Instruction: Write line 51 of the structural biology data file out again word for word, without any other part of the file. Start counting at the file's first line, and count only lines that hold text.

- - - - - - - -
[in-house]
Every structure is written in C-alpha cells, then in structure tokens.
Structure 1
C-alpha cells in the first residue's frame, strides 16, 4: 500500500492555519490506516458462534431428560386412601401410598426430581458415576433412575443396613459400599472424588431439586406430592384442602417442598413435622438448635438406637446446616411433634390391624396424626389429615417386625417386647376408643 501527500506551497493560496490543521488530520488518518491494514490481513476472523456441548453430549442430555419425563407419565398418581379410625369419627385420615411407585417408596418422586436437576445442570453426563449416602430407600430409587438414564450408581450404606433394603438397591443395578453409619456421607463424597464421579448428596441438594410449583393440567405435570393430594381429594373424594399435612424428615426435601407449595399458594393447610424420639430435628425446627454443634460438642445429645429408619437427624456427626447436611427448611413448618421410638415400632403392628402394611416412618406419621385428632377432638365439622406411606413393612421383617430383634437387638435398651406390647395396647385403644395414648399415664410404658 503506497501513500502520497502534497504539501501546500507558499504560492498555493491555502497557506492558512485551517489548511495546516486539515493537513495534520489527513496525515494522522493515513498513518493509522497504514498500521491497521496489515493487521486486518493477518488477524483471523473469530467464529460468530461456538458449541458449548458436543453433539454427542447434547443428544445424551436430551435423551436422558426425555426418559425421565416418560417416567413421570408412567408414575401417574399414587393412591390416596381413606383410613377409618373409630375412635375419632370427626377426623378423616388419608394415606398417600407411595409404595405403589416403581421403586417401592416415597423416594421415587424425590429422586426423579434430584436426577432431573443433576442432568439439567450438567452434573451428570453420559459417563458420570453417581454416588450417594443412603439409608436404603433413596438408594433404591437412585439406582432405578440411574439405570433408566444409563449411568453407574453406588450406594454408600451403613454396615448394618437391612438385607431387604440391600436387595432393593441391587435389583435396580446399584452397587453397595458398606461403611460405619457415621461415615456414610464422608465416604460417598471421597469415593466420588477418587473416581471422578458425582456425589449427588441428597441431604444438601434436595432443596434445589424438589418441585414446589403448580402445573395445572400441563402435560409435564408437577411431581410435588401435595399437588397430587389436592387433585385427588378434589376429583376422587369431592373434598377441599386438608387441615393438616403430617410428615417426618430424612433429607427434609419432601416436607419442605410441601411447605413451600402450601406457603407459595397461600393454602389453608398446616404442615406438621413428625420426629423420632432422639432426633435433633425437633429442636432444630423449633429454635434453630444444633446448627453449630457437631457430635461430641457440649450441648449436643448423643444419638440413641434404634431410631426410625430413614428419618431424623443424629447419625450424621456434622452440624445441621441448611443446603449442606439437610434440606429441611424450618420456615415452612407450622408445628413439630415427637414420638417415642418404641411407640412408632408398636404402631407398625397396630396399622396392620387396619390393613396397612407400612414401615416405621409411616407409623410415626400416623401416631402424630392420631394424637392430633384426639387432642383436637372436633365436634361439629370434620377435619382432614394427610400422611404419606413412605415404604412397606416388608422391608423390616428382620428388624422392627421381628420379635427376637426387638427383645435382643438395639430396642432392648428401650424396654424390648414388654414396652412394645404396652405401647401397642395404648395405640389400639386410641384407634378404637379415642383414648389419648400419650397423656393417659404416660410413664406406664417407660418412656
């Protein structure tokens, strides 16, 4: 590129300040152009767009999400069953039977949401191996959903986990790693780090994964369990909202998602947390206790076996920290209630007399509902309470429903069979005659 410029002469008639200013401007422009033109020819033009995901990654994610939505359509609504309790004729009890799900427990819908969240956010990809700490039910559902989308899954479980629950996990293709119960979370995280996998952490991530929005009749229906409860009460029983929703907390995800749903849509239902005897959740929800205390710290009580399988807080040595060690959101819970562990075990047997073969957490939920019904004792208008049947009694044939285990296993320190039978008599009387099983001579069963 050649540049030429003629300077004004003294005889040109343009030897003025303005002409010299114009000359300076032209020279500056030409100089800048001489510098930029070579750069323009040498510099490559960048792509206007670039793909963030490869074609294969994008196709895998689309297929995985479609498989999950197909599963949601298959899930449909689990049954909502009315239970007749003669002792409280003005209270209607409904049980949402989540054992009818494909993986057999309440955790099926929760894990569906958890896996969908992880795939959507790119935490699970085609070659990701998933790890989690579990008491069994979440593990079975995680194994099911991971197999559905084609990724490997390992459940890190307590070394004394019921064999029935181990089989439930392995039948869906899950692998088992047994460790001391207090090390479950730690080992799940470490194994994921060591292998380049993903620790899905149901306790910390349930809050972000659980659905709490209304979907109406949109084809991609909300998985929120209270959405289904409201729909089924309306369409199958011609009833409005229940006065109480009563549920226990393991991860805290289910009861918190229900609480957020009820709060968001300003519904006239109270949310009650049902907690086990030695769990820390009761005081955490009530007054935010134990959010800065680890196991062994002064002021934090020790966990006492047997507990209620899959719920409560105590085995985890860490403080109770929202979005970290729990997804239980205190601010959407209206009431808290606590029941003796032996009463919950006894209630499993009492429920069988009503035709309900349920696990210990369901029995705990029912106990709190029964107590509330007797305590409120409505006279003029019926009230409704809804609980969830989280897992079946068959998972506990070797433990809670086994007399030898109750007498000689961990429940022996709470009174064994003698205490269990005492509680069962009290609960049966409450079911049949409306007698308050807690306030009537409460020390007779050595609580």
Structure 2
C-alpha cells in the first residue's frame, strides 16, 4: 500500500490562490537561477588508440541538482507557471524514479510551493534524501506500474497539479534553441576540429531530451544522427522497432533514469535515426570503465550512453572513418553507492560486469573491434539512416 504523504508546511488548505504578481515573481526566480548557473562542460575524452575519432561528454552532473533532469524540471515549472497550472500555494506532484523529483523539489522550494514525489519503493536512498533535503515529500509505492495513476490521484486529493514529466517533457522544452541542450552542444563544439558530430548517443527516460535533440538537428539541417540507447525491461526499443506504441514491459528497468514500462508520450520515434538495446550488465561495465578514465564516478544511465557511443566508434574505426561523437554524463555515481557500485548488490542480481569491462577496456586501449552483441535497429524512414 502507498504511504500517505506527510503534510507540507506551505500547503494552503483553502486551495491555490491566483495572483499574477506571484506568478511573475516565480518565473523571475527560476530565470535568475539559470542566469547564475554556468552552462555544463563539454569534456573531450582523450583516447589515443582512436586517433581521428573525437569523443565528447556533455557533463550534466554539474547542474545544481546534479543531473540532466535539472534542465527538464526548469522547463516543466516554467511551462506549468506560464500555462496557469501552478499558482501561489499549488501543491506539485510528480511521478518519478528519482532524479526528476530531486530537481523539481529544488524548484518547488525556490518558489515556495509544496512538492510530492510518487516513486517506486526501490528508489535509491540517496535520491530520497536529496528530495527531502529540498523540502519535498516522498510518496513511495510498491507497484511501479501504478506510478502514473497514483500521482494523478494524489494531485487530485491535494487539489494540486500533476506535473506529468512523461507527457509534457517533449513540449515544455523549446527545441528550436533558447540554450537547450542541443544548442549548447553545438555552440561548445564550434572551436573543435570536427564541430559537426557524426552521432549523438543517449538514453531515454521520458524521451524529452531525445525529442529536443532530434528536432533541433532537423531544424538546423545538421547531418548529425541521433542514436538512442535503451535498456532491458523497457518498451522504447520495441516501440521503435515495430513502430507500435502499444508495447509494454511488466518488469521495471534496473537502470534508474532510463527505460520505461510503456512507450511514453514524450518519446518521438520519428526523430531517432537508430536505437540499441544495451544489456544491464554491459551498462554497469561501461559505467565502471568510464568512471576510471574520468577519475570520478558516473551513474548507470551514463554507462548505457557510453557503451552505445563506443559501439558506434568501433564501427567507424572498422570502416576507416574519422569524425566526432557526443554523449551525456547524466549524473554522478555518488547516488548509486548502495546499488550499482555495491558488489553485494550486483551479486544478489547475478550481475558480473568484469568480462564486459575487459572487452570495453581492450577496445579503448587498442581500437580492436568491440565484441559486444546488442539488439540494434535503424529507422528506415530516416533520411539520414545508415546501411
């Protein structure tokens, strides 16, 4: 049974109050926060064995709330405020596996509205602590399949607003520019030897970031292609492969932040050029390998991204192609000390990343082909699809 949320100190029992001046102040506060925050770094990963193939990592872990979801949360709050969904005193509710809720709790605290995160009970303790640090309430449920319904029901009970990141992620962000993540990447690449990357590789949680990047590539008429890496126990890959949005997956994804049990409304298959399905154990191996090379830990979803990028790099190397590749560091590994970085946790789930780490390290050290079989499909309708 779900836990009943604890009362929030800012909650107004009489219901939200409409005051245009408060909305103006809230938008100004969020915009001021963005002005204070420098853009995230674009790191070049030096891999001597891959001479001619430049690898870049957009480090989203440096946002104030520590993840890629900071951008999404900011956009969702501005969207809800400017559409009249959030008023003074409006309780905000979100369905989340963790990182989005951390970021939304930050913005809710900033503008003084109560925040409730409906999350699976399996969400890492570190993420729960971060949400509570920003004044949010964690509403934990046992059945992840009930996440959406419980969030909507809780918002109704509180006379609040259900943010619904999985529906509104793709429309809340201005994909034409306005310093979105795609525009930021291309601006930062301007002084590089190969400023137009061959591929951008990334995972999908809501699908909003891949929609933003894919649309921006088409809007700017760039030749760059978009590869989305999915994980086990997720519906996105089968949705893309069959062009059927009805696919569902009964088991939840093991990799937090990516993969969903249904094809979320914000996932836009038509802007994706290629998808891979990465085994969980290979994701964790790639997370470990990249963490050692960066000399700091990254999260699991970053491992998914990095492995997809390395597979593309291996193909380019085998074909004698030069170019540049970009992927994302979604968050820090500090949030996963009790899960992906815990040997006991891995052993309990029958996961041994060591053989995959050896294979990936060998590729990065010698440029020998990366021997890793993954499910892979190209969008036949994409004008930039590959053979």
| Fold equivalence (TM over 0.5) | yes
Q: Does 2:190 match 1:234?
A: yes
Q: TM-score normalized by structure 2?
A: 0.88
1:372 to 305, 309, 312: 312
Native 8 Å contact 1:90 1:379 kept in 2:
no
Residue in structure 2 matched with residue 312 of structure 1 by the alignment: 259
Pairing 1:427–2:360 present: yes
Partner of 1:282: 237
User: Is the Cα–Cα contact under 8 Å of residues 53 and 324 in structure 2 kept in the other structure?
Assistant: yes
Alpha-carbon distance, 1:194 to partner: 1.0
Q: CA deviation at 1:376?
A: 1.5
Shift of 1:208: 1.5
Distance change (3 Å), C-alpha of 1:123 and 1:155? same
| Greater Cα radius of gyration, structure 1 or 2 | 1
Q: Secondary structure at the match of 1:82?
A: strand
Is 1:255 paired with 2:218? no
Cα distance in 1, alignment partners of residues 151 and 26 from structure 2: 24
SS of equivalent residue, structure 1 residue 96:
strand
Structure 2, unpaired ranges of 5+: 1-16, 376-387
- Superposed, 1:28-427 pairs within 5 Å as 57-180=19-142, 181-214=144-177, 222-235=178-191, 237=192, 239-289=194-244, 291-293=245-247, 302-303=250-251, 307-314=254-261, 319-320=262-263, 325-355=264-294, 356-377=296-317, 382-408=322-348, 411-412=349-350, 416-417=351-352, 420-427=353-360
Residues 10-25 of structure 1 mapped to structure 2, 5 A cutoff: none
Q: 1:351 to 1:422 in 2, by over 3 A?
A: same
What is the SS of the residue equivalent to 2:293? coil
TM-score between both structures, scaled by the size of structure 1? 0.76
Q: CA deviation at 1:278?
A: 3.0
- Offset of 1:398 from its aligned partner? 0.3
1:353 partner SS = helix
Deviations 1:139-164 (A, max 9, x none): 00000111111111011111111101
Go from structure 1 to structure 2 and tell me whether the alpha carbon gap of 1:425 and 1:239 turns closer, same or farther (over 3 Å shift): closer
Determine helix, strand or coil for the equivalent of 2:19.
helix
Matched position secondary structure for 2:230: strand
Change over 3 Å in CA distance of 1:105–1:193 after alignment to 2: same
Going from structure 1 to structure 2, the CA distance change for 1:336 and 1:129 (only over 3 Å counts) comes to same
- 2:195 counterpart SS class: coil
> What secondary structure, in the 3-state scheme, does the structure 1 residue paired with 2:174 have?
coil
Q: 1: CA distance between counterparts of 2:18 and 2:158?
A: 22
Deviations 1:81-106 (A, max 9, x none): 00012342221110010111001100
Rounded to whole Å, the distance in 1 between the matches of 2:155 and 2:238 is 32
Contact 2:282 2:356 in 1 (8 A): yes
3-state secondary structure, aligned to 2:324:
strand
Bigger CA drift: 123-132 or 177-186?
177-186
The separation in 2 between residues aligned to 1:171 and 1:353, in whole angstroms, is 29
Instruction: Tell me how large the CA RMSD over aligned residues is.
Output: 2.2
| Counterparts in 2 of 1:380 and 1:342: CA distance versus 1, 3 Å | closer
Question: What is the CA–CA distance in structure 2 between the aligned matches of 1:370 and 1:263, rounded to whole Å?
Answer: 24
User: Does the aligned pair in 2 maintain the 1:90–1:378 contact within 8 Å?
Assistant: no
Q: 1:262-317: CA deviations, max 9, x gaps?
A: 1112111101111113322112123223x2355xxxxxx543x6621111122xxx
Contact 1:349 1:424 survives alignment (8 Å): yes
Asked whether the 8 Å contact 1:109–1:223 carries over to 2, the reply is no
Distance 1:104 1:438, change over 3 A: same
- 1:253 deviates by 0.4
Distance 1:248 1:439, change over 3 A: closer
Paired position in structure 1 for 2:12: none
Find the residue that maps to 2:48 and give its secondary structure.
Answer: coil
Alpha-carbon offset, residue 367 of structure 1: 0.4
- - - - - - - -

Going from structure 1 to structure 2, the CA distance change for 1:336 and 1:129 (only over 3 Å counts) comes to same